cept of  "equilibrium,"  as  far  as  they  matter  for  the  problem  here  in  hand,  were 
treated  by  Mill  as  indicated  above, 

"  It  is  stated  as  follows :  "When  land  capable  of  being  used  for  producing 
one  commodity  is  used  for  producing  another,  the  price  of  the  first  is  raised  by 
the  consequent  limitation  of  its  field  of  production.  The  price  of  the  second  will 
be  the  expense  of  production  (wages  and  profits)  of  that  part  of  it  which  only 

just  pays  its  way And  if  for  the  purposes  of  any  particular  argument  we 

take  together  the  whole  expenses  of  the  production  on  that  land,  and  divide  these 
among  the  whole  commodity  produced,  then  the  rent,  which  ought  to  count  in, 
is  not  that  which  the  land  would  pay  if  used  for  producing  the  first  commodity, 
?)Ut  that  which  it  does  pay  when  used  for  producing  the  second"  {Principles,  4th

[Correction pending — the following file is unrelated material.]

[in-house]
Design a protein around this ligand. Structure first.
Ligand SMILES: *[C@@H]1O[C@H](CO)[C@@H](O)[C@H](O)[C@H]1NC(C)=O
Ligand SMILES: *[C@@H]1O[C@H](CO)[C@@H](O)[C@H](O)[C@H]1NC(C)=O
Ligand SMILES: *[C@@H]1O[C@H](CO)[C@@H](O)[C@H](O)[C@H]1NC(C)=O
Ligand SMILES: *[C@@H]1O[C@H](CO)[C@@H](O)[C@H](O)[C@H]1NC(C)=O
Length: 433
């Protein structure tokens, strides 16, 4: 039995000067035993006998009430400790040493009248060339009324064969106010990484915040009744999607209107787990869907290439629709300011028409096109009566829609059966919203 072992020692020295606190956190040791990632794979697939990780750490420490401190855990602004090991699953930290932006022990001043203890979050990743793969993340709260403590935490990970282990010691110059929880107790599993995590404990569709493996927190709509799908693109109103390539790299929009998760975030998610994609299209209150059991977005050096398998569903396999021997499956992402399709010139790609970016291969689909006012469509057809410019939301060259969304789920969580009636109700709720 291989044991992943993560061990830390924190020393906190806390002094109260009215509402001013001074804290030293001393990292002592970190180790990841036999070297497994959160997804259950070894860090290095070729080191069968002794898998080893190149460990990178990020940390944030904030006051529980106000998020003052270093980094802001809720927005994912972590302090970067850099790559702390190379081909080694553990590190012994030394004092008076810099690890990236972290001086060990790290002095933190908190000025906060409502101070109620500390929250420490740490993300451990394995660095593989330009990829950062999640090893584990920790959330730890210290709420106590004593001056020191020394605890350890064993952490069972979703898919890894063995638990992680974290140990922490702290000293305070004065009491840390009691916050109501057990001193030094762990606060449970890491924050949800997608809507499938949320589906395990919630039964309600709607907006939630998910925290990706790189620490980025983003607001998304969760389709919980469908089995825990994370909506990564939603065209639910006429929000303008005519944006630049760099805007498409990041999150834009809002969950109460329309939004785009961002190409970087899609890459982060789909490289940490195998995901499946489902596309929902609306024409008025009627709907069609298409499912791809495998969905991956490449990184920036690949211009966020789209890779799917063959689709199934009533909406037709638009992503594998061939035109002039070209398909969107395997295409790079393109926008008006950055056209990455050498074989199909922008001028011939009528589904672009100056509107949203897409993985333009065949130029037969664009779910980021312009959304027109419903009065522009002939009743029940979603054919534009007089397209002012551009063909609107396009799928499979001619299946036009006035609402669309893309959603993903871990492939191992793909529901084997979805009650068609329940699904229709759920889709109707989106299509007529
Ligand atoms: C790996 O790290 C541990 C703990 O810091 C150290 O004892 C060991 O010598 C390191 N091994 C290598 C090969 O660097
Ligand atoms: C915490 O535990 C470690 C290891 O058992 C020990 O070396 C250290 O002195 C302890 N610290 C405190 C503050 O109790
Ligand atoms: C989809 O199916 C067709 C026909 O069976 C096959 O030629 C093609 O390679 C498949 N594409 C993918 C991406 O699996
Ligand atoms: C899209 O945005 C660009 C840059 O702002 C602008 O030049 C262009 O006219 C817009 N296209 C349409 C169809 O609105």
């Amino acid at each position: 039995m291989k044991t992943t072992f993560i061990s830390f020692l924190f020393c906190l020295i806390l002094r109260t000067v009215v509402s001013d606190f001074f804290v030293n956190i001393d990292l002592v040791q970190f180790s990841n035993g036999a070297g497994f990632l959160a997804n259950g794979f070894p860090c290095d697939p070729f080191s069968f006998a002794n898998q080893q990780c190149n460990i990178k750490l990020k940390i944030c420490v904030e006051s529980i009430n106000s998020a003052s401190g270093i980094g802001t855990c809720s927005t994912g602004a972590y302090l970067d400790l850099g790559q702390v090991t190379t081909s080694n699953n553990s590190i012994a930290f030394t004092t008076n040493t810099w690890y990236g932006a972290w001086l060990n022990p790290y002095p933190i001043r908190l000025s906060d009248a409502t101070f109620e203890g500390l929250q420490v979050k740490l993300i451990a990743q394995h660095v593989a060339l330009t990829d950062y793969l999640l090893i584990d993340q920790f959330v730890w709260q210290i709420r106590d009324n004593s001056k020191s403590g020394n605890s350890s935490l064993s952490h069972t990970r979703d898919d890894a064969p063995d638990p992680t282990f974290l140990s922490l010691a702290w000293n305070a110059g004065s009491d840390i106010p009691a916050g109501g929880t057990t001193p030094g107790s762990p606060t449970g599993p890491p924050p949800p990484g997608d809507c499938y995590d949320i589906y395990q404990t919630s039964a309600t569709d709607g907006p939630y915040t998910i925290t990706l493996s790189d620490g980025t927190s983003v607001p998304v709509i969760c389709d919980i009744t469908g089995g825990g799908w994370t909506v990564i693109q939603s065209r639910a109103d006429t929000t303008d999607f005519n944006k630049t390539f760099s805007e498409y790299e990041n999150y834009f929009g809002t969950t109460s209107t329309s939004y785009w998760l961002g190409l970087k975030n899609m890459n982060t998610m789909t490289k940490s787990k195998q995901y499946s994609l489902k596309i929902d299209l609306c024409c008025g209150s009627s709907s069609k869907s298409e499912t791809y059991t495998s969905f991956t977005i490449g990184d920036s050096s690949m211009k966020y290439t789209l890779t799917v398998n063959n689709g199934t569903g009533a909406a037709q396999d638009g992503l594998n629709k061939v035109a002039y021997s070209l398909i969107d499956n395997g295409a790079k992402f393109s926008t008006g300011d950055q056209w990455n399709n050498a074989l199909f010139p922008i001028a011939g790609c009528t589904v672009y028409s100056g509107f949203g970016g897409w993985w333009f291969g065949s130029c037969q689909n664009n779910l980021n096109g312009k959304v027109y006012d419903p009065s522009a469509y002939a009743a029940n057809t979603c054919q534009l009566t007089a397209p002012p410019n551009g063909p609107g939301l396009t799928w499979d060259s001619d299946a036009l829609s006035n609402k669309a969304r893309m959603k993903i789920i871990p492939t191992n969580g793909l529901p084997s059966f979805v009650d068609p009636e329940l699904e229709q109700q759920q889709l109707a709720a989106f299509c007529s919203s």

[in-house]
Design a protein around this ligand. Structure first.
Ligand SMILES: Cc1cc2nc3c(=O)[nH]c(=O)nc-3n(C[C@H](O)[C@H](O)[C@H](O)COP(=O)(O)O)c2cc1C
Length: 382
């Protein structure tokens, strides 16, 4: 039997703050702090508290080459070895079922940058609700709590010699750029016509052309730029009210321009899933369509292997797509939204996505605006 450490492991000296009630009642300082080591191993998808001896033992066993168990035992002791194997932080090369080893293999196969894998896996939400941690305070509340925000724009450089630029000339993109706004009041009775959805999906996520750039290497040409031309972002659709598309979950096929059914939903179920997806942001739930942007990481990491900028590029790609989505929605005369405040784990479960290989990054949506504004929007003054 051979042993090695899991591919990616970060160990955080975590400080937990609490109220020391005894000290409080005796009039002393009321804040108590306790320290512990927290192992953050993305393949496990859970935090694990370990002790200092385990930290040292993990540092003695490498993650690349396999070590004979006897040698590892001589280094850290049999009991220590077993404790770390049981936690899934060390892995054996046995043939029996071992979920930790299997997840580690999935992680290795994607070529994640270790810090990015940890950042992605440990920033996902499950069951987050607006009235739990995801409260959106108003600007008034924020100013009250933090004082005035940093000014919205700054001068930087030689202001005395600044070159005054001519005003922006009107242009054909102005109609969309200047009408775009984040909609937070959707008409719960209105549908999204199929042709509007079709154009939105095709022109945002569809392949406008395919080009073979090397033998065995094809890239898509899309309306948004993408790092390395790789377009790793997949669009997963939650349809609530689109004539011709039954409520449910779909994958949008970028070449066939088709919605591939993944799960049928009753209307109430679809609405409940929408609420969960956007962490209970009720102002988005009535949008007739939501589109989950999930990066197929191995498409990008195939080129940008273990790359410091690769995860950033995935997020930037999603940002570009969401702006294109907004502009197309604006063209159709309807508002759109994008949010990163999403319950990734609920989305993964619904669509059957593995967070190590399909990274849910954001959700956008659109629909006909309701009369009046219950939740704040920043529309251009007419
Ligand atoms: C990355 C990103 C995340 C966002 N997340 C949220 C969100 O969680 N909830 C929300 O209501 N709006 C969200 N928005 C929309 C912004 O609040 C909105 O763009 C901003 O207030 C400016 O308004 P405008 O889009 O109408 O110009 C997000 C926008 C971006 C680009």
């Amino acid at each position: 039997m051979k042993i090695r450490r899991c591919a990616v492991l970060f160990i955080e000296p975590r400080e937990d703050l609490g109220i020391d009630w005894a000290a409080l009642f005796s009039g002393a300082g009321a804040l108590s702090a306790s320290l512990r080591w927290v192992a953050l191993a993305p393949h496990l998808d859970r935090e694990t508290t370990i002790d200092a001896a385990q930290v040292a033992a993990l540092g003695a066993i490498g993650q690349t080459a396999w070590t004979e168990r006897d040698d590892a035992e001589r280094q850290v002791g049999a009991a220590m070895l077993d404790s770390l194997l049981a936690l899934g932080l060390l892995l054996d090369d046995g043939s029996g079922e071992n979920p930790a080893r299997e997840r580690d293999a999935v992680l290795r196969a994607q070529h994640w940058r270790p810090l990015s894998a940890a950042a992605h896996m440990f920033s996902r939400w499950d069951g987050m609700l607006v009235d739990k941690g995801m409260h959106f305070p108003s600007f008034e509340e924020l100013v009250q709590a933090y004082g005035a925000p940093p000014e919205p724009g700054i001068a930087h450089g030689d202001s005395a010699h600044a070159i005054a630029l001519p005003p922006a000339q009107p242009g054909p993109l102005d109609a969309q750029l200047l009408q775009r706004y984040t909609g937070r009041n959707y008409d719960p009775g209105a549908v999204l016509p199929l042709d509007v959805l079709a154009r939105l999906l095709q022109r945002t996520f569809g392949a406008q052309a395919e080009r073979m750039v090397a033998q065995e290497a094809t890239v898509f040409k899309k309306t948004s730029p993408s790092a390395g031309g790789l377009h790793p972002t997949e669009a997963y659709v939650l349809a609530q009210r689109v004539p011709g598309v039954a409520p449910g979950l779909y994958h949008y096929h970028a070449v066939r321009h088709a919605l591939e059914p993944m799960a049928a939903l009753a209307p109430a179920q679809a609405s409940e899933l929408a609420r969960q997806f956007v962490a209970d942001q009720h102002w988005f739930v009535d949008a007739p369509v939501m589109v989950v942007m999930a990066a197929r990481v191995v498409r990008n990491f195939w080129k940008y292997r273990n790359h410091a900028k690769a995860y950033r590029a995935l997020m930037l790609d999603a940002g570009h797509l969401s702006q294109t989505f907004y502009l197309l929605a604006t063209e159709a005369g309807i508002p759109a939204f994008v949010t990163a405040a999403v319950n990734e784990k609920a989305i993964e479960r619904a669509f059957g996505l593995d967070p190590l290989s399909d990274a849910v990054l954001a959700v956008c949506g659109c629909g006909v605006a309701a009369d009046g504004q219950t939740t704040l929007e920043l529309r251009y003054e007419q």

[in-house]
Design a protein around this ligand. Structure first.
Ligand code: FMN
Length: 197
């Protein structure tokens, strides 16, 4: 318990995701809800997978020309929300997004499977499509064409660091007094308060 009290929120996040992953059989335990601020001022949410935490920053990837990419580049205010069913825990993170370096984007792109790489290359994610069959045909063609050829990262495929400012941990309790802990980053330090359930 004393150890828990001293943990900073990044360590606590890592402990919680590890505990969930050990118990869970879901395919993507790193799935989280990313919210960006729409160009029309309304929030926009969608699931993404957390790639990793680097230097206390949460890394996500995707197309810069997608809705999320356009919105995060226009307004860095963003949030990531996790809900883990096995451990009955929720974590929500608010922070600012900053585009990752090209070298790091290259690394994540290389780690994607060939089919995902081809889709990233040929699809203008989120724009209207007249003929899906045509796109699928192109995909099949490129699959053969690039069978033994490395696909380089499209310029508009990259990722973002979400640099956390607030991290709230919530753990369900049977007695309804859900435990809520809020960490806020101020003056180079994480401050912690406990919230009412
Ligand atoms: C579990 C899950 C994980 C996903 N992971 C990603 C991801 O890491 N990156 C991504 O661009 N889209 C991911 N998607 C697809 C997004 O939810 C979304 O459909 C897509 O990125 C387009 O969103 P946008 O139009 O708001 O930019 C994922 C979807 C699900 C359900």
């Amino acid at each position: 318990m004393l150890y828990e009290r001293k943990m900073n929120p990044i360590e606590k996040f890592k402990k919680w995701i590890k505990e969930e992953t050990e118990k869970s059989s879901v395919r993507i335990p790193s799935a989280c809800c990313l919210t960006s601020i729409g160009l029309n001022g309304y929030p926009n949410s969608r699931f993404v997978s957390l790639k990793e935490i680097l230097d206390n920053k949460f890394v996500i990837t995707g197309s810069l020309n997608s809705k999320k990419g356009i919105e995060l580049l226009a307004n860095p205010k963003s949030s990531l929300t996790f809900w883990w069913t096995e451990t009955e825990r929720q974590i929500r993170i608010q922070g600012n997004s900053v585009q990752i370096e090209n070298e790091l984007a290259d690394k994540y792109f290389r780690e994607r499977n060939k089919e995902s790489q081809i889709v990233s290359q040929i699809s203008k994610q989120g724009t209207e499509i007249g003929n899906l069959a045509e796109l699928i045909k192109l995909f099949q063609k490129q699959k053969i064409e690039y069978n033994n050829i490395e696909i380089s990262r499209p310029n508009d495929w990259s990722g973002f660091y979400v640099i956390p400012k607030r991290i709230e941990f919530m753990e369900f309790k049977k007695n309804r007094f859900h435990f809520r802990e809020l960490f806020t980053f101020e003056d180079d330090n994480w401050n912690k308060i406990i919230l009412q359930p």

ed.,  p.  483). 

"  Cf.  loc.  cit.,  p.  484. 


he  speaks  of  the  fact  that  a  rise  in  rent  may  cause  a  manufac- 
turer to  move  into  another  town  or  into  the  country,  but  he  does 
not  say  why  the  rent  does  rise  in  the  first  instance.  Similarly,  he 
explains  that  the  demand  for  exceptionally  valuable  urban  land 
comes  from  traders  of  various  kinds,  wholesale  and  retail,  more 
than  from  manufacturers.  But  why  such  increase  in  the  demand 
should  come,  he  does  not  explain  at  all.  Still,  the  most  striking 
instance  where  Marshall  encounters  the  problem  of  location  (or 
situation)  without  undertaking  to  solve  it  is  in  his  discussion  of 
what  he  calls  situation  rent.^^ 

If  in  any  industry,  whether  agricultural  or  not,  two  producers  have